Snacking and drinking sugary, caffeinated drinks are common among truck drivers. The habits can help cure highway boredom, but the behavior also can be detrimental to dental health.
Poor dental care often leads to a toothache, which is uncomfortable at best. At worst, the excruciating pain can make it hard to eat, drink or focus on driving.
Of these three common causes of tooth pain, poor dental hygiene and a high-sugar diet can cause a cavity or a tooth abscess. Likewise, good dental hygiene and other habits can help prevent them. It’s recommended to see a dentist if you experience the symptoms that accompany either problem.
CAVITIES. When a tooth surface is damaged, it can develop tiny holes. Untreated cavities can get larger and affect deeper layers of your teeth, leading to a severe toothache, infection and even tooth loss.
The symptoms of cavities include spontaneous pain; tooth sensitivity; pain when eating or drinking something sweet, hot or cold; visible holes or pits in your teeth; brown, black or white staining; and pain when you bite down.
Cavities are most common in your molars — the teeth in the back of your mouth. They have more areas for food to get stuck and are harder to reach when brushing and flossing.
Also, food and drinks that tend to stick to your teeth longer – milk, ice cream, honey, soda, dried fruit, cookies, hard candies, mints, chips and more – are more likely to cause tooth decay. Frequent snacking and sipping sugary drinks also wear your teeth down faster.
TOOTH ABSCESS. An abscess is a pocket of pus caused by a bacterial infection that can occur at the tip of the tooth’s root or in the gums next to the root. It’s usually caused by untreated cavities, an injury or prior dental work.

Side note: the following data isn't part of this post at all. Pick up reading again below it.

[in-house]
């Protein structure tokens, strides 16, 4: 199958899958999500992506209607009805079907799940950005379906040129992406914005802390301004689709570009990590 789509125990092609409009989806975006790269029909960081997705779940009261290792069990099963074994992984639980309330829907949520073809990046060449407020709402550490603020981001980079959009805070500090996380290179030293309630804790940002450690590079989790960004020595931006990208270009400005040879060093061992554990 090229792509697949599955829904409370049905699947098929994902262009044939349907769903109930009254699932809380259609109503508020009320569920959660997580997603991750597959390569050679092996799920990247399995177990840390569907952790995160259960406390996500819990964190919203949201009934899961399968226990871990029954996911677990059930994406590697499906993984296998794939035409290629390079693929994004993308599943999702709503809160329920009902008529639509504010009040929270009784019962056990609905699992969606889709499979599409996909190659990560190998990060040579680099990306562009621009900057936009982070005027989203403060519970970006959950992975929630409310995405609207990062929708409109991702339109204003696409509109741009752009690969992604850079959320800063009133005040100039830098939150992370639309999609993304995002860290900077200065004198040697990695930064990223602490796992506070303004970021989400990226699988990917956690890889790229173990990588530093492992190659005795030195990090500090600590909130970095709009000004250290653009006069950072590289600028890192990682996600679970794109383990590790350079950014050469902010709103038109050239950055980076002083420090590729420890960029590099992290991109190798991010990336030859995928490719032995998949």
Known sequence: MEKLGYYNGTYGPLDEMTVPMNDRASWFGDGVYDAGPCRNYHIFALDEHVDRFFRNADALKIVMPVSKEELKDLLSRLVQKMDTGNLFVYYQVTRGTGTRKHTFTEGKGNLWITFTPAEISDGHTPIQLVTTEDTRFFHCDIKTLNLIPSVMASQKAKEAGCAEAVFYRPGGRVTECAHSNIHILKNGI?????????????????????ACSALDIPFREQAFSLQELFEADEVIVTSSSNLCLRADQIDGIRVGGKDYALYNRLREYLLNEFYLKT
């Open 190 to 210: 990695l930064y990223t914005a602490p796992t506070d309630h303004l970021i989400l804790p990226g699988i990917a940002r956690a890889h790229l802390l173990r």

Abscess symptoms include a persistent, throbbing toothache that can radiate to the jawbone, neck or ear; sensitivity to hot and cold; sensitivity to pressure from chewing; fever; swelling in your face or cheek; and tender, swollen lymph nodes in your neck or jaw. If the abscess ruptures, you’ll notice a sudden rush of foul-smelling, foul-tasting salty fluid — and pain relief.
The Mayo Clinic encourages an emergency room visit if you have fever and swelling in your face and can’t get to a dentist, as these are indicators that the infection has spread into your jaw.
TEETH GRINDING. Bruxism, or teeth grinding, can occur when you’re awake or asleep. Those who grind their teeth while sleeping are more likely to have a sleep disorder such as sleep apnea. Mild bruxism normally doesn’t require treatment, but more severe cases, which can damage teeth, often does.
See a doctor if you have flattened, cracked or chipped teeth; worn tooth enamel exposing deeper layers of your teeth; increased tooth pain or sensitivity; tired or tight jaw muscles; jaw pain and other similar symptoms.
Bruxism is more common in children, but some adults also can have it. Stress is a big risk factor for teeth grinding, along with smoking and tobacco use. Sometimes it’s inherited.
Treatment can include taking a muscle relaxant before bedtime or taking medication for anxiety.